– By Christopher Gianino, 1Sky North Carolina organizer.
This past week, I had the great privilege of traveling through eastern North Carolina with Majora Carter on a series of workshops titled “Your Place in the New Economy.” This was put on by the Elizabeth City State University Center for Green Research and Evaluation, which is partnering with the Majora Carter Group to craft a plan for developing a green economy in Eastern NC. The three workshops were held in Elizabeth City, Tarboro and Henderson, NC and were an opportunity to bring a message of economic recovery through green jobs to the people who need it most.
A specter hangs over the U.S. negotiators at the UN Climate Summit: what I’ll call the Kyoto Syndrome. Conventional wisdom holds that the Clinton Administration, and Al Gore in particular, blew it by agreeing to the Kyoto Accords without building the foundation for the Senate to ratify it, which it never did. (See, e.g., “How to Prevent Climate Change Summit from Failure”)
A few days ago, a key group of ten senators sent a letter to President Obama presenting their advice to him as he prepares to travel to Copenhagen. Their advice is a very different message than the one note negative message of warning that the Clinton Gore Administration received from the Senate (95-0) prior to Kyoto, headlined by: don’t sign something that doesn’t include developing country commitments with the same compliance timeframe as developed countries.
1Sky board member and Climate Solutions Policy Director KC Golden offers this pre-Copenhagen perspective as he writes en route to the U.N. Climate talks. Thanks to our friends at Climate Solutions for allowing us to publish this guest blog.
I didn't even notice my heart pounding until after turning the corner from W 44th street onto Broadway. Displayed on four giant screens -- the hallmark of Times Square -- were the very photos we had just been sorting through and tagging in a dingy, overcrowded campaign office downtown not even an hour earlier. And now they were flashing before thousands of people in Times Square, while Jay-Z's new Empire State of Mind blanketed us in what seemed like a real-life music video.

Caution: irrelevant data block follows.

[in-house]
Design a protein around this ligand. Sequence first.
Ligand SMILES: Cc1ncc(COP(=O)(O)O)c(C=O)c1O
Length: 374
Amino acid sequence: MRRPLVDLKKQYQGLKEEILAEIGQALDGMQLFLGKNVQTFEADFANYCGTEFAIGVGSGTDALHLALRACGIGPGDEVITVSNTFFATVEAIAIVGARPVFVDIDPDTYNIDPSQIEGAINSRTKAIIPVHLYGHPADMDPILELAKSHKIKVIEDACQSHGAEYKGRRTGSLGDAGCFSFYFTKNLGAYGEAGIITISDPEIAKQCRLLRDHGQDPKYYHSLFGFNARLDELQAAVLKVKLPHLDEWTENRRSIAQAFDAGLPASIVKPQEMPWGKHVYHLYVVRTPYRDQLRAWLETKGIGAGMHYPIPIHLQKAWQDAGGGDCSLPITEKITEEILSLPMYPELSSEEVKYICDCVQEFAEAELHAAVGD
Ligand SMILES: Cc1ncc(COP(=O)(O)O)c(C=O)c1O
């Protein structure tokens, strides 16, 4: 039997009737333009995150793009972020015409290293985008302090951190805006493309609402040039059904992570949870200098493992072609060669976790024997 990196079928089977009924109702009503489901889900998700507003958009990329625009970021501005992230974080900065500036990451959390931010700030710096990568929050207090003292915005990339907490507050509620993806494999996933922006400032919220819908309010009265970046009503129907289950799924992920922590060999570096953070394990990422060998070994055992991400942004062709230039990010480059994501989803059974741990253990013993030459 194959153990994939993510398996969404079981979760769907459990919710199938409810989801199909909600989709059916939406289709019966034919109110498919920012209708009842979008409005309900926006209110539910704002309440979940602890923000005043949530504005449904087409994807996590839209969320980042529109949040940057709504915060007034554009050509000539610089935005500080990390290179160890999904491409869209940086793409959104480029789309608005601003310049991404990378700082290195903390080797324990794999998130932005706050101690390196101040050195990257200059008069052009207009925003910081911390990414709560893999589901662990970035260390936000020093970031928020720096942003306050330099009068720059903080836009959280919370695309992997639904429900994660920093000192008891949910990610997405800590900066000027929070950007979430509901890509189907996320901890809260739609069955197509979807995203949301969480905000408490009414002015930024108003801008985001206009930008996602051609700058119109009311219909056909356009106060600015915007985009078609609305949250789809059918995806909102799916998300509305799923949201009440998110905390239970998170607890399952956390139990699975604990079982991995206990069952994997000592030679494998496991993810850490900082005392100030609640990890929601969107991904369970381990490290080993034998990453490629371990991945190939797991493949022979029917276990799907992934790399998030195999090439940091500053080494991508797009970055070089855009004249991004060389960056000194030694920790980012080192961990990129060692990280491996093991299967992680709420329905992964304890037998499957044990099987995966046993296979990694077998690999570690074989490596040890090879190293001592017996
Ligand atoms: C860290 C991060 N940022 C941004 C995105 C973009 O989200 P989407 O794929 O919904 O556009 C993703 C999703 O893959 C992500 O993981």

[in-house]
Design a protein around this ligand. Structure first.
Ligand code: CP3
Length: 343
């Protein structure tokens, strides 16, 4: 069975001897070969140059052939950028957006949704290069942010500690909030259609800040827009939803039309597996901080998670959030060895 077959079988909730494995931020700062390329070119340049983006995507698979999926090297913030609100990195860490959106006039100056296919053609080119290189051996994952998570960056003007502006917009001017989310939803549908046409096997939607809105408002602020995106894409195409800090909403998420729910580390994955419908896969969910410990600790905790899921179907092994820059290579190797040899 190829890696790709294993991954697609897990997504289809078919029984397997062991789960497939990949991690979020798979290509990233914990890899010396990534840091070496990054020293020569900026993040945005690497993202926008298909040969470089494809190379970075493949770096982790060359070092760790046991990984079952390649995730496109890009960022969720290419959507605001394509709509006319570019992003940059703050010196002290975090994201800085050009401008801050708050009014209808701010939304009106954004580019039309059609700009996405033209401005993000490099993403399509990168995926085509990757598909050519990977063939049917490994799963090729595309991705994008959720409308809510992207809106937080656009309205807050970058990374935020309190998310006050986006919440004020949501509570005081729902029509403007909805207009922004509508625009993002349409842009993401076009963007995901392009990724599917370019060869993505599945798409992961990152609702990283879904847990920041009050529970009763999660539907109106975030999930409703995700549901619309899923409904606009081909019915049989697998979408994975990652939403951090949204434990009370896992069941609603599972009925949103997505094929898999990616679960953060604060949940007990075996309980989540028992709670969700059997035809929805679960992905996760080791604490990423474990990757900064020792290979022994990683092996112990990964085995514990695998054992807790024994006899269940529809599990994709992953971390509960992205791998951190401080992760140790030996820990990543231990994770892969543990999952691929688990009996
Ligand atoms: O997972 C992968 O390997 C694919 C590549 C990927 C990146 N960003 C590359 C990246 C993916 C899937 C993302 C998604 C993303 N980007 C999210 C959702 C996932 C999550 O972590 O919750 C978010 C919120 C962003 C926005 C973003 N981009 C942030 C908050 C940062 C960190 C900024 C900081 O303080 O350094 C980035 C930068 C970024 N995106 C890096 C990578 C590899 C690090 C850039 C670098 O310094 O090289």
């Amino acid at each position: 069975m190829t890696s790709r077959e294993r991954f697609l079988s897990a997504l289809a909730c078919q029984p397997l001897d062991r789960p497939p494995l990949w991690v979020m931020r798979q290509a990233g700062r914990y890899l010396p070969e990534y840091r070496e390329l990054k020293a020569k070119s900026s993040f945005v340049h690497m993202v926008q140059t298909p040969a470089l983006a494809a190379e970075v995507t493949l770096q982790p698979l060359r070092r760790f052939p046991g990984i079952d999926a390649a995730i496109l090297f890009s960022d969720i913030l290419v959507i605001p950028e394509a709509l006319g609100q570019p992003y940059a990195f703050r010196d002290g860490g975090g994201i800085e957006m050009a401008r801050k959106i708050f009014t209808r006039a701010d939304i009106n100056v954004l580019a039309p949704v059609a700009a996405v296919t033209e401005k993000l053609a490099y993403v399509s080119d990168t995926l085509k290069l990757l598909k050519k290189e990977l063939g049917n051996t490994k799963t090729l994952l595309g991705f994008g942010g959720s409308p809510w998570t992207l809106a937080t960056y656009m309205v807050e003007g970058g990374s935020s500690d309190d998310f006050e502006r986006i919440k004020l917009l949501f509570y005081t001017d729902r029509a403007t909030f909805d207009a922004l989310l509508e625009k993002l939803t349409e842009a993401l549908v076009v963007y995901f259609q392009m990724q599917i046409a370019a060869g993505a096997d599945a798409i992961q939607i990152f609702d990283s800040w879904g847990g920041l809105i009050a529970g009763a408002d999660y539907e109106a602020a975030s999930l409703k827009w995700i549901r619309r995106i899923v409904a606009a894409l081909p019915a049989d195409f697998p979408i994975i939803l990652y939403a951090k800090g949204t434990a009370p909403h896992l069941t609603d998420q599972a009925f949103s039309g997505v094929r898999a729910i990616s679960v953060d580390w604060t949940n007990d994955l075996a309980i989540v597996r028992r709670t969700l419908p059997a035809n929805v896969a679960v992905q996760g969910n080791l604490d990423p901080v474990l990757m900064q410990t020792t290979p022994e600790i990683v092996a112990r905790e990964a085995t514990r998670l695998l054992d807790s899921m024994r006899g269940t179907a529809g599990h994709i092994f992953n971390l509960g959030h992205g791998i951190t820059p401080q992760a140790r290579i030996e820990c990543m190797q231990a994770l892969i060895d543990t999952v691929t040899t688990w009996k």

Guest blog by Victoria Bembibre, New Media / Communications Coordinator at Global Observatory.
Dealing with climate change is not just an environmental matter, but also an economical issue. In order to stop or reduce global warming we need to think – governments and businesses must – about investment in development of new technologies and renewable energies, international trade and competitiveness, jobs, growth, new industries, etc. And in times of world economic crisis and key climate change challenges, both these issues need to be addressed at a global level.
Recent testimony by CBO chief Douglas Elmendorf has many environmental groups running for cover, for it claimed that climate legislation could slow economic growth. If we take a deep breath, however, and examine his claims in context, we can see that his comments are not really bad news after all.
Coal and oil companies, manufacturers, and their allies at the U.S. Chamber of Commerce have spent many millions of dollars to oppose climate legislation in Congress. The Chamber – which has lost crucial members, including several big utility companies, over its opposition to mandatory climate regulation — spent $26 million on lobbying Congress in the first half of 2009, double the total of second-biggest lobbying firm ExxonMobil. (You can monitor lobbyist spending at OpenSecrets.org.) The opponents peddle bogus economic analyses and misinform the public into thinking that Congress wants to bankrupt the American family. That's why it’s time for clean energy advocates to recruit some unlikely allies in the fight to deal with the climate crisis – small businesses.